Movie Review: The Guest  

Originally written for the UWM Post here:

Throwback. Throwback. Throwback. “The Guest” is an old school thriller.

The film brings to mind a time when movie stars didn’t wear tights and capes, only the cold hard inhuman abs of an American hero. Armed with the arsenal of a small South American country, they could break necks and hearts for the red, white and blue. I’m talking about the classic 80s hero. The Guest channels these influences into a fun, modernly unsettling good time.

The 80s vibe presented in the film lends itself easily to a terminator comparison, with a budget just stringent enough to ensure a concentrated experience. There is even a Halloween themed school gymnasium finale, with moody “school dance lighting.” A hallmark of 80s films, real liquid prop blood, makes many appearances.

The film stars Dan Stevens as David, who is famously known for his role as Matthew Crawley in Downton Abbey. The movie constantly asks the audience to evaluate exactly who David is; his motives, his purpose, and his general character.

David is a recently discharged veteran who enters the film unannounced at the home of his deceased friend’s family, the Petersons. He brings them the last words of love that they so desperately want to hear. The family is decimated from the loss of their beloved son and brother. Naturally David fills this void and finds himself invited to stay for a little while so he can get on his feet. David is a social engineer, everybody’s best friend. He soon enters and enriches the lives of each of the family members. Between David’s penchants for violent problem solving and a string of possibly related deaths, things soon spiral out of control.

The film is told largely through the lens of the Petersons, of whom David is a house guest. Keeping the stakes small and dramatic means the budget of this film does not present too large a limitation.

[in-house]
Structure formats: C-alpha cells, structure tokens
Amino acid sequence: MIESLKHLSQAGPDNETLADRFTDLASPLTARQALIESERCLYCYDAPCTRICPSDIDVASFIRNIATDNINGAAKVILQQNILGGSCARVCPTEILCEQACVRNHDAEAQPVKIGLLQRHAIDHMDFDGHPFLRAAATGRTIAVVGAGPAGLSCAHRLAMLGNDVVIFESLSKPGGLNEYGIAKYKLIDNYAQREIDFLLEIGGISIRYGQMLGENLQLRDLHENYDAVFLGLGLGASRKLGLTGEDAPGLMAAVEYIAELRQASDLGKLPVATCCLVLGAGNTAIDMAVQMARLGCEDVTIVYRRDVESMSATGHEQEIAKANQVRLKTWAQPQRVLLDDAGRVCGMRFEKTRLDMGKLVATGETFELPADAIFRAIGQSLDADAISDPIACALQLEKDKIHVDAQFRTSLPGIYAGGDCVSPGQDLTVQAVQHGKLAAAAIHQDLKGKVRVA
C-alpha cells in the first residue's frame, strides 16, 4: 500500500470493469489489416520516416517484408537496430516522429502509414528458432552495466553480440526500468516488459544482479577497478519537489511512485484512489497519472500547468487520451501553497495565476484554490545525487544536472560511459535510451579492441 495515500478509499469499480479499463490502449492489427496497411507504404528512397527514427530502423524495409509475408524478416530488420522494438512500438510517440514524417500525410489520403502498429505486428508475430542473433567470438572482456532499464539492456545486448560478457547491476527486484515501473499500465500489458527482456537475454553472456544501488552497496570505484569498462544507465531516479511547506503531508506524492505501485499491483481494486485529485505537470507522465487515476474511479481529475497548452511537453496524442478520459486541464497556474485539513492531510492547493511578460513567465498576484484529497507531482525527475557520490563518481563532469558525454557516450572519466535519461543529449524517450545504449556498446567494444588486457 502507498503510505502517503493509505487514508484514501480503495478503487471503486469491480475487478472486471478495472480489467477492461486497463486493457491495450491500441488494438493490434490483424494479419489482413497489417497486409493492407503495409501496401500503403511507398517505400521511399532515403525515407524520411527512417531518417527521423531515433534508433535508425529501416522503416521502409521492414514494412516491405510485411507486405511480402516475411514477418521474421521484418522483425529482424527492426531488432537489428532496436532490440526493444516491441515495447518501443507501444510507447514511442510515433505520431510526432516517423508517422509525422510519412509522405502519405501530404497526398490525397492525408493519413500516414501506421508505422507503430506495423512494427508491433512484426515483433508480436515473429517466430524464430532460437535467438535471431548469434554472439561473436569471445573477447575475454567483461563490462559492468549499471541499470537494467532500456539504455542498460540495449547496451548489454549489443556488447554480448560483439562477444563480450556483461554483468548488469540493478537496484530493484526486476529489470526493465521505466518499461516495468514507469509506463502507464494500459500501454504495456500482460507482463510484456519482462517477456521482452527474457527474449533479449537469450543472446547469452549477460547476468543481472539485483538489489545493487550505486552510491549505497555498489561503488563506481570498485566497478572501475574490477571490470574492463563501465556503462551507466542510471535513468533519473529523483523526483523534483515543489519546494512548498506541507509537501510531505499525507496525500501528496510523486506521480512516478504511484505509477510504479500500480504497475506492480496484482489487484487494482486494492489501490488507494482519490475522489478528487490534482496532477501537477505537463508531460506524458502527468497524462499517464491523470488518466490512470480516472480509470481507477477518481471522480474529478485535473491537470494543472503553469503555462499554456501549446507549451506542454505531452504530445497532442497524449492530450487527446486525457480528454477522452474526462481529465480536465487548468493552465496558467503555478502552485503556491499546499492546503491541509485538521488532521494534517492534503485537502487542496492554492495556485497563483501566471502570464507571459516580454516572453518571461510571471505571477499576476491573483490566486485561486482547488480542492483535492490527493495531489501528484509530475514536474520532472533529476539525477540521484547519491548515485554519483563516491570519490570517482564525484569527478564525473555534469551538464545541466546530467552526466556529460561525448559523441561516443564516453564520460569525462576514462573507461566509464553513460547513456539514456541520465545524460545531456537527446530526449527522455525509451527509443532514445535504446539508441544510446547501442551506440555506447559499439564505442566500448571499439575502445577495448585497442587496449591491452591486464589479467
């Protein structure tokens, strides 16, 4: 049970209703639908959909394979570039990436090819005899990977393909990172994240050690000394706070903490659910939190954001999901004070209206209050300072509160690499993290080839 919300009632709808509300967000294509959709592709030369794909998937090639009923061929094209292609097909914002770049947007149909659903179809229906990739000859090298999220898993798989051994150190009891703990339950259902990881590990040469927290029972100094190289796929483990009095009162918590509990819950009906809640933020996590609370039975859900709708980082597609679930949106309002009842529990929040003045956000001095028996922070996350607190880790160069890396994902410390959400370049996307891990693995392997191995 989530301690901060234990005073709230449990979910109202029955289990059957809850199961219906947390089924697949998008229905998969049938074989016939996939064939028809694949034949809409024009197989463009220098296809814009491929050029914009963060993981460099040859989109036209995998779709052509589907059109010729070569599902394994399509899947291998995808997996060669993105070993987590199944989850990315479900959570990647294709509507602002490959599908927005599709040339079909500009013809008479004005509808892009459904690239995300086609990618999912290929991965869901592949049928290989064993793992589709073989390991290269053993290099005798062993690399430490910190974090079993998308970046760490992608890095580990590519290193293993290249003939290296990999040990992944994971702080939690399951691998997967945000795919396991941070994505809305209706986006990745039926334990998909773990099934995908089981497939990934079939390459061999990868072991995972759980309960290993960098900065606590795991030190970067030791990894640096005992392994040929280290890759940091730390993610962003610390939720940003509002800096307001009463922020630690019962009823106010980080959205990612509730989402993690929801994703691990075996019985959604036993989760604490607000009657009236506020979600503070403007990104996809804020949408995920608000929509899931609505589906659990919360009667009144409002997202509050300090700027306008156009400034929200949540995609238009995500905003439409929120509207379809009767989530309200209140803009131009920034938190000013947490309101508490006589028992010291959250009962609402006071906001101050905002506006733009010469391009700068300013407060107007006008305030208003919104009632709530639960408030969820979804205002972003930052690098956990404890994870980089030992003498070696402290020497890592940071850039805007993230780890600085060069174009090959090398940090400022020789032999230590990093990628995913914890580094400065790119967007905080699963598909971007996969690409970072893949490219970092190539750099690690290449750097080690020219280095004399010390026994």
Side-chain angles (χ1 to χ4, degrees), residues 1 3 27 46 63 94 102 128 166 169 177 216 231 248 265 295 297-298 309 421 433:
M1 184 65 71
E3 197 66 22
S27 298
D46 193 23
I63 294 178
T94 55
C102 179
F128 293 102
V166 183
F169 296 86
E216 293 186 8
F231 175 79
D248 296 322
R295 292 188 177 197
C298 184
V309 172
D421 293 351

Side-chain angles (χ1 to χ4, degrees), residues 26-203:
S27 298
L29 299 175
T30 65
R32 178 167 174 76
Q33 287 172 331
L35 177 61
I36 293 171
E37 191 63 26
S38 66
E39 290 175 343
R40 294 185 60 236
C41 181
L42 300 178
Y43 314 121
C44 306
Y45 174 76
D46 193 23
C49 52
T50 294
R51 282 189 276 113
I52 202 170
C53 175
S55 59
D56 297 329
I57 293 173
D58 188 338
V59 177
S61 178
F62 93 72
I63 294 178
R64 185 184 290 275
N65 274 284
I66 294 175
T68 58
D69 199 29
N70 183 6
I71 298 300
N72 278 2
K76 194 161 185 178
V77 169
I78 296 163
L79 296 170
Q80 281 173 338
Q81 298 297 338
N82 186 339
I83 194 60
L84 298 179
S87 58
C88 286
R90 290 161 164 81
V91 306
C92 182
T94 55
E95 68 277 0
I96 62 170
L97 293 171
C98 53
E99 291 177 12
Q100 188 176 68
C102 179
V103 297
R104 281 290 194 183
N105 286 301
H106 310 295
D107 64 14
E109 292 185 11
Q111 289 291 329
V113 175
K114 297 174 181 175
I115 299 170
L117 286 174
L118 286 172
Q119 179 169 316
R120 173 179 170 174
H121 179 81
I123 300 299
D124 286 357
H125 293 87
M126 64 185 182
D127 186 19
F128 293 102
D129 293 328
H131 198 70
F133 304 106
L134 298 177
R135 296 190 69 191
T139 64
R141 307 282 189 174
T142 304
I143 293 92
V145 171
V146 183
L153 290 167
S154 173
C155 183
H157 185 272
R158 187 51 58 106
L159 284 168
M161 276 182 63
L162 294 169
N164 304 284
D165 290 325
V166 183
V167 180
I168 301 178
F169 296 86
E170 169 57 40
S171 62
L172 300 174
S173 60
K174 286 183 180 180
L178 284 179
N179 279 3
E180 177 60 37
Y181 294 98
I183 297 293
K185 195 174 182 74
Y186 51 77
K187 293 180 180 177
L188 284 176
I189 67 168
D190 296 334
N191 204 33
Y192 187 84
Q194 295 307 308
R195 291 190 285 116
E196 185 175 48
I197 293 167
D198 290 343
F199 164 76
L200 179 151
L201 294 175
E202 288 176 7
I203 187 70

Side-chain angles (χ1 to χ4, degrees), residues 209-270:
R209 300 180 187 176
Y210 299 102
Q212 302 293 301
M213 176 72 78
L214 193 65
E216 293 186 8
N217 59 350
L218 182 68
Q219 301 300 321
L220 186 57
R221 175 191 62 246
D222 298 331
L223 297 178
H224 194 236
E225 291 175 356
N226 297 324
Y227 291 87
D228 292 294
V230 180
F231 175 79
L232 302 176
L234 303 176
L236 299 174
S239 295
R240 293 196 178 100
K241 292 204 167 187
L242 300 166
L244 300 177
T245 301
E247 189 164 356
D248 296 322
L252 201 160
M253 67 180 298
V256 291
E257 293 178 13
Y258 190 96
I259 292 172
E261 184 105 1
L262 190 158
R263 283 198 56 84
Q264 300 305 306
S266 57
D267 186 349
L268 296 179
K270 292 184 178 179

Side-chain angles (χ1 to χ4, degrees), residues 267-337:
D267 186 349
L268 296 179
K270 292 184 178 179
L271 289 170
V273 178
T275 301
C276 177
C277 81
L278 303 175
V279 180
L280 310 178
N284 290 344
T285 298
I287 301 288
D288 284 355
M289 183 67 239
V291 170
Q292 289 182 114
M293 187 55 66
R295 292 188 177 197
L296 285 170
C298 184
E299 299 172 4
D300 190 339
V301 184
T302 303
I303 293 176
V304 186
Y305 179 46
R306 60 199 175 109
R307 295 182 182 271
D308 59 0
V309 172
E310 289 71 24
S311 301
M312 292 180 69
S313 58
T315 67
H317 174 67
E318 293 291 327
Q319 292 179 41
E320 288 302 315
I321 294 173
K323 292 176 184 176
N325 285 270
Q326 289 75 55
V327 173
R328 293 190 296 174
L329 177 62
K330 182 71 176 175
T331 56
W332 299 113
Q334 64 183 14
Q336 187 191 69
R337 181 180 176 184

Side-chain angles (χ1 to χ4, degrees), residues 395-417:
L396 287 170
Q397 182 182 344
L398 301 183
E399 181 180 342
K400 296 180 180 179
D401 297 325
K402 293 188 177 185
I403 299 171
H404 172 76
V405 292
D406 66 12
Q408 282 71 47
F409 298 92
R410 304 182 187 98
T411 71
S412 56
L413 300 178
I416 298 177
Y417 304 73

David is a possible Captain America. Where the recent Marvel films Captain America is shown as almost naively warm, David is an exploration in polite steely distance. He is a death machine. This role is an opportunity for Stevens to stretch his acting legs and really show off. Playing a man he isn’t to get what he wants. Stevens somehow got me to like David while keeping me unsure about what was happening behind that crooked smile and piercing blue gaze. Even when he’s menacing, the David we see never breaks from his all-American patter. He’s upfront, even when he’s about to kill someone. It is a wonderful tightrope that Stevens walks.

“The Guest” marks director Adam Wingard’s first foray into mainstream film, connecting back to his horror roots. Fans of VHS and the film “You’re Next,” will really want to see this film which really hits its stride. Inspiring dread in sequences leading up to the 80s style action violence.

“The Guest’s” aforementioned bloody Halloween finale proves Wingard has visual style and a stellar sense of tension. He is definitely someone to watch in the film industry.

“The Guest” is a competent thriller that punches above its budget to great effect. In the hands of a lesser actor, David would not have the eerie calm and tense, jilted quality that marks this film like a hot brand. Dan Stevens and Adam Wingard have done some incredible work.

“The Guest” is currently playing at AMC Mayfair and Marcus Ridge Cinema.


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